191114ind TownClerk

After 39 years as South Kingstown’s Town Clerk, Dale S. Holberton announced last week in a letter to Town Manager Robert C. Zarnetske that she is stepping away from the role and will retire in February.

After nearly four decades, the person most often seen as the face of local government here — Town Clerk Dale S. Holberton — has announced she will retire in February.

 “As someone who has lived by deadlines for so many years, I realize that time waits for no one, and I am excited about my retirement and looking forward to moving on to my next chapter,” she wrote told Town Manager Robert C. Zarnetske in a letter November 1 about her plans to leave.

 Holberton has been with the town for 39 years, serving as town clerk except for seven years at the beginning of her career. She started as a clerk doing business licensing and probate matters, then quickly became deputy town clerk and then in 1987 took on her current duties.

 “She puts the interest of the public first - always,” Zarnetske said in an interview after receiving the letter. “Dale displays the same characteristics of success I’ve seen at the state and federal level - she willing to do whatever it takes to get the job done,” added Zarnetske, who started working with her in 2018 after joining town government.

 Working with citizens and often explaining complex - and confusing -- state or town rules and regulations is part of the job of local government officials.

 “One of the things Dale does well is makes sure the rules are the tools. She helps people understand them and how to accomplish what they need to do,” he said.

“The other attribute I find that is tremendously endearing is that she’s warm. She understands what she does is important, especially to those coming in on probate matters after a family member has died. She does that with dignity and humanity.”

She’s also a beacon around the state as a mentor, said Carol Wordell, president of the Rhode Island Town and City Clerks Association. Holberton has been coached scores of newly installed town clerks throughout Rhode Island, she explained.

“When I became town clerk 30 years ago, she was the first person I reached out to. I knew she could tell me how this job gets done in the best possible way,” said Wordell, Little Compton’s town clerk. “She has been a wonderful asset to the association over the years and will be missed.”

In South Kingstown, Holberton is praised for her innovative solutions to problems, helpful to anyone who walks in her office as well as being a caring supervisor and tireless worker who would return after hours to fulfill her duties as clerk at the town council’s evening meetings.

Abel G. Collins, town council president, said, “It’s impossible to quantify what the town will be losing with the retirement of Dale Holberton. For many who come into the town hall, she has been the warm and welcoming face of the town to the public.”

He said that “her deep institutional memory has been a great resource to us on the council whenever we have a question about how we ended up where we are on any given issue.” He also pointed out that she has been a steady voice of reason, setting an example for the rest of the town’s municipal staff.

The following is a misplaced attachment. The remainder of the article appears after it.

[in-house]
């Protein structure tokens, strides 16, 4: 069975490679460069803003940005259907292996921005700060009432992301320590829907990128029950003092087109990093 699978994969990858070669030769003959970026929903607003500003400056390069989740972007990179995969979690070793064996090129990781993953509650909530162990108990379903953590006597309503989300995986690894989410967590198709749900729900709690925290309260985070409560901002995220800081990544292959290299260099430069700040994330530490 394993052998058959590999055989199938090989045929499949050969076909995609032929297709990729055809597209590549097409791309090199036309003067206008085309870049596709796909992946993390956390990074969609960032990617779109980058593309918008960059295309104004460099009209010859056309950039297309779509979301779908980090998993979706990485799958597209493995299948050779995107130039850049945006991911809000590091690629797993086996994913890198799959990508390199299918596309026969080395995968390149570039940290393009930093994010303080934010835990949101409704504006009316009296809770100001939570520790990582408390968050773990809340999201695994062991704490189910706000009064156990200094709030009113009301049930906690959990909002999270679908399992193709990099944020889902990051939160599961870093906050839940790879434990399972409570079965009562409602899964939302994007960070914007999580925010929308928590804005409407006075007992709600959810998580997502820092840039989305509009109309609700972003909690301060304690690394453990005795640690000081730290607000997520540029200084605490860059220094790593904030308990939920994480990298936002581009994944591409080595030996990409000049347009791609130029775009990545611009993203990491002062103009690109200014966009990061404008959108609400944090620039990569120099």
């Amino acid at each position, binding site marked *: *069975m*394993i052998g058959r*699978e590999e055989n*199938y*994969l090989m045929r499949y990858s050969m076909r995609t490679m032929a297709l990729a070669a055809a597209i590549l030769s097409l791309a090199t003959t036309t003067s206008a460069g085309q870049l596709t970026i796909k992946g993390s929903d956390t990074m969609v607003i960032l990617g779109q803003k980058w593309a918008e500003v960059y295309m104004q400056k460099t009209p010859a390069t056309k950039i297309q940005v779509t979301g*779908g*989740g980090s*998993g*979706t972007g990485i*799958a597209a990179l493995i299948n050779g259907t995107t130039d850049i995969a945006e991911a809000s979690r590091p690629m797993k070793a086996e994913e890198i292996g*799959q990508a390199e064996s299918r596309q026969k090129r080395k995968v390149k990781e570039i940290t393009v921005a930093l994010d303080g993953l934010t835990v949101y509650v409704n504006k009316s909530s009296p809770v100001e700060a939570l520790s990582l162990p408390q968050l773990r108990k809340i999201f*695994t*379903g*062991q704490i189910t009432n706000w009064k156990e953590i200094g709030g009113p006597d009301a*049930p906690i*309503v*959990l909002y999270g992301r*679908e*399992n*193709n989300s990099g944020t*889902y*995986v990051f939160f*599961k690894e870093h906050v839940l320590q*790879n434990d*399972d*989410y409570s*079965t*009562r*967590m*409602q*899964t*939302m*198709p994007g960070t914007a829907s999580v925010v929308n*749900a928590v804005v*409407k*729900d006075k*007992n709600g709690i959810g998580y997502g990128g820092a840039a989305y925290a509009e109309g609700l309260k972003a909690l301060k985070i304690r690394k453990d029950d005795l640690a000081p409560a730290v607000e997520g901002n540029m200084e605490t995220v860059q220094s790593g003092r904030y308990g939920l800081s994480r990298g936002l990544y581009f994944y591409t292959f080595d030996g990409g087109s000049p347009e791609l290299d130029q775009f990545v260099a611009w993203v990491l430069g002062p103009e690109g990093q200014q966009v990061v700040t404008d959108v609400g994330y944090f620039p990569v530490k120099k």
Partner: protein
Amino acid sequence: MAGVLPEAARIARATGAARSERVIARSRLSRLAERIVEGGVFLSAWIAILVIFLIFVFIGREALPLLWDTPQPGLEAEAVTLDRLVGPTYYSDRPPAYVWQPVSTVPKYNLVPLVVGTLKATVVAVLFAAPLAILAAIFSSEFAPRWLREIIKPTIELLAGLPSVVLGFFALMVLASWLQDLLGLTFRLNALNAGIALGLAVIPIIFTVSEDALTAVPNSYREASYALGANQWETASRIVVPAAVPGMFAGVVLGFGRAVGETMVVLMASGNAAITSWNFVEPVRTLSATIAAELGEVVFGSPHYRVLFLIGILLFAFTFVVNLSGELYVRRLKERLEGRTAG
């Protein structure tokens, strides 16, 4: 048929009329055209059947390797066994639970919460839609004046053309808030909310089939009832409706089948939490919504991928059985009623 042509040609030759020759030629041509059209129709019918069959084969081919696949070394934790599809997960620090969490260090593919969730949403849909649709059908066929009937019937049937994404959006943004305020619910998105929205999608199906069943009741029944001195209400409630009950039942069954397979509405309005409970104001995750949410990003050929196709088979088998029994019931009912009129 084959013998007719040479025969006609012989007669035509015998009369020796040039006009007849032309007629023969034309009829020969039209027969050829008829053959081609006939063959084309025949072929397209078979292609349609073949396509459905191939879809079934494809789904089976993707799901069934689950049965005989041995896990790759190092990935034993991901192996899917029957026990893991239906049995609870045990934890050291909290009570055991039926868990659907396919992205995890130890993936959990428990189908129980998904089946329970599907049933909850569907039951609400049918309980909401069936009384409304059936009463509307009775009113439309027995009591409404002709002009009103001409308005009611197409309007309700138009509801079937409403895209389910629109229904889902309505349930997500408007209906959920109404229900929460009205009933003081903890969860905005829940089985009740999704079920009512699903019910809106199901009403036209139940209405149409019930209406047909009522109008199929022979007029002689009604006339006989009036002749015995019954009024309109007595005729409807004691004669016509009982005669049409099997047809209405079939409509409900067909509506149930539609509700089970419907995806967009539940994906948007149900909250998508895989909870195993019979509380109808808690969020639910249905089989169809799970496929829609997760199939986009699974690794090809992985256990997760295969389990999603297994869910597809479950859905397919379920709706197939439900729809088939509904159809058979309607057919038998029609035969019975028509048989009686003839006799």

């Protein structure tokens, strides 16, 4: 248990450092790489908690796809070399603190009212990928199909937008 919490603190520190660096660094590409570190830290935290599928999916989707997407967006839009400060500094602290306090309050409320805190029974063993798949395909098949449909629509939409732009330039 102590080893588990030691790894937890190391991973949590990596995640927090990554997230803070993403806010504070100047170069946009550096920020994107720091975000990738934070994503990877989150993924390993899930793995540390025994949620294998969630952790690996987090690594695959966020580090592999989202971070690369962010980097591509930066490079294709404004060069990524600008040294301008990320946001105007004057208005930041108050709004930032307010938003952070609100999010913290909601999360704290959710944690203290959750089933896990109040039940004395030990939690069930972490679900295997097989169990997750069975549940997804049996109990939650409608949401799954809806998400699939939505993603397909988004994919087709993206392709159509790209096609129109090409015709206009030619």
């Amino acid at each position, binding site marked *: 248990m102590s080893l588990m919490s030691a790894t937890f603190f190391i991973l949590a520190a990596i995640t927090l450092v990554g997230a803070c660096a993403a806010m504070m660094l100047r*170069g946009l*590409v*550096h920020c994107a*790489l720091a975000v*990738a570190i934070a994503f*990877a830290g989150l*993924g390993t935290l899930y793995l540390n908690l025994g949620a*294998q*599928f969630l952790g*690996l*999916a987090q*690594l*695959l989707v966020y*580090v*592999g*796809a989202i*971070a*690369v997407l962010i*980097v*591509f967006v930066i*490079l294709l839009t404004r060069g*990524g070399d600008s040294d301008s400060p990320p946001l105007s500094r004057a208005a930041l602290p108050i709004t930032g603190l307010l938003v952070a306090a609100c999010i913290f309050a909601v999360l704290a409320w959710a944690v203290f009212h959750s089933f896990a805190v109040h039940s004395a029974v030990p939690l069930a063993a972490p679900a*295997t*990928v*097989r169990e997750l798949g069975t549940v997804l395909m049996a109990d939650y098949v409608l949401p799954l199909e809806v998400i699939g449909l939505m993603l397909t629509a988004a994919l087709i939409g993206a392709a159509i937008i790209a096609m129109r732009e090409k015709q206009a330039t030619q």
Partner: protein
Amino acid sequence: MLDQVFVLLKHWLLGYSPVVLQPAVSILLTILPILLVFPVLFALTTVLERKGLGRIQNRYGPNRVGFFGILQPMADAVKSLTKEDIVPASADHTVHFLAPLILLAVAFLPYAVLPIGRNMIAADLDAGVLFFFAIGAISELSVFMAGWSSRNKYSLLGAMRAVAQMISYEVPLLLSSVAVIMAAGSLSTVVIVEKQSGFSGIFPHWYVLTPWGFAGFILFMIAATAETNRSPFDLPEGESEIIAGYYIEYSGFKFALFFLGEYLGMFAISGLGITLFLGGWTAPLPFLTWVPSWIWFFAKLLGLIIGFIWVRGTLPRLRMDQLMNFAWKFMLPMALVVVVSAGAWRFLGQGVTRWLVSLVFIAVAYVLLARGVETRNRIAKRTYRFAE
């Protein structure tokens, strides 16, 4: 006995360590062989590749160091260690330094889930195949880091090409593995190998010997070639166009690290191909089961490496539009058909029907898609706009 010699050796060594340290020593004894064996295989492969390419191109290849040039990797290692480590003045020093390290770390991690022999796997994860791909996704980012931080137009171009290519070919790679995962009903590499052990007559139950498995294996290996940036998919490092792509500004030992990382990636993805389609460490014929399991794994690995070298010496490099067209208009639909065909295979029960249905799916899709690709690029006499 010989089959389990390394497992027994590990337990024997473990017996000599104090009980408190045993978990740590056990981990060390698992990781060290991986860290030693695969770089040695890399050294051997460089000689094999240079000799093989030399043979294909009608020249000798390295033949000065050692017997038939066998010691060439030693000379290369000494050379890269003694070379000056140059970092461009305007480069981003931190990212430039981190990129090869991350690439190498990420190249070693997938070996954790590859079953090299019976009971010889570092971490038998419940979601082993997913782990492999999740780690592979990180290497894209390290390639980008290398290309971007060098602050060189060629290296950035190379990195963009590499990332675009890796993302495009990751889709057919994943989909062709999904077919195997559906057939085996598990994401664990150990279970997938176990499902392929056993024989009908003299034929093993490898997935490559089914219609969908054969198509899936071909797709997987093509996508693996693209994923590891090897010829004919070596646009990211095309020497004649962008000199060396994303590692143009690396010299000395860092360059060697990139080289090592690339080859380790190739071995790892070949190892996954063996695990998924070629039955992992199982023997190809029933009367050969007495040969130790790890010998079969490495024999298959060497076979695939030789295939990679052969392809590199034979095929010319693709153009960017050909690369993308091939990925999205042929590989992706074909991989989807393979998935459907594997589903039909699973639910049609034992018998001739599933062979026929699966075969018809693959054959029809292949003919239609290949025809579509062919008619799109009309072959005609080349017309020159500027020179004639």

“I have immense admiration for her years of work helping the town to honor its veterans, in addition to recognizing other residents for their good deeds,” he noted.

Chris Little, a long-time resident and town council member from 1992 to 1996, praised her for her professionalism and efficiency.

“(It was) always flavored with humor and understanding, derived from taking the time to know each of us. She is a role model for the type of person we want in our government and we have been very fortunate that she has served us for so long.”

Keeping the council on track with research, advice, agendas, meetings and more is only part of her job.

Call her office and the telephone menu will spit out many other roles of critical recordkeeping and assistance. This is part of her daily job to oversee that many moving parts work together when laws, regulations, ordinances and policies require attention to detail and filing different kinds of detailed paperwork with the town.

The menu includes canvassing, probate matters, land evidence and records and vital statistics. Each touches the lives of nearly every citizen in the town at one point or another -- and often multiple times. Even town beach permits come through her office.

Looking back over the years, she said that she’s most grateful for meeting the hundreds of people, including lawyers, business owners, contractors, bereaved families and other citizens who walked through the first-floor doors of her office in Town Hall on High Street.

“I am going to miss the people, no doubt about that,” she said. Town Manager Zarnetske doesn’t doubt it either. He said they will miss her, too.

He said that he will be consulting with the town council to determine the next steps in finding a replacement for her.

“It’s time,” Holberton said wistfully.  “Thirty-nine years is a long time. I’ve worked a long time. I want to do other things now.”

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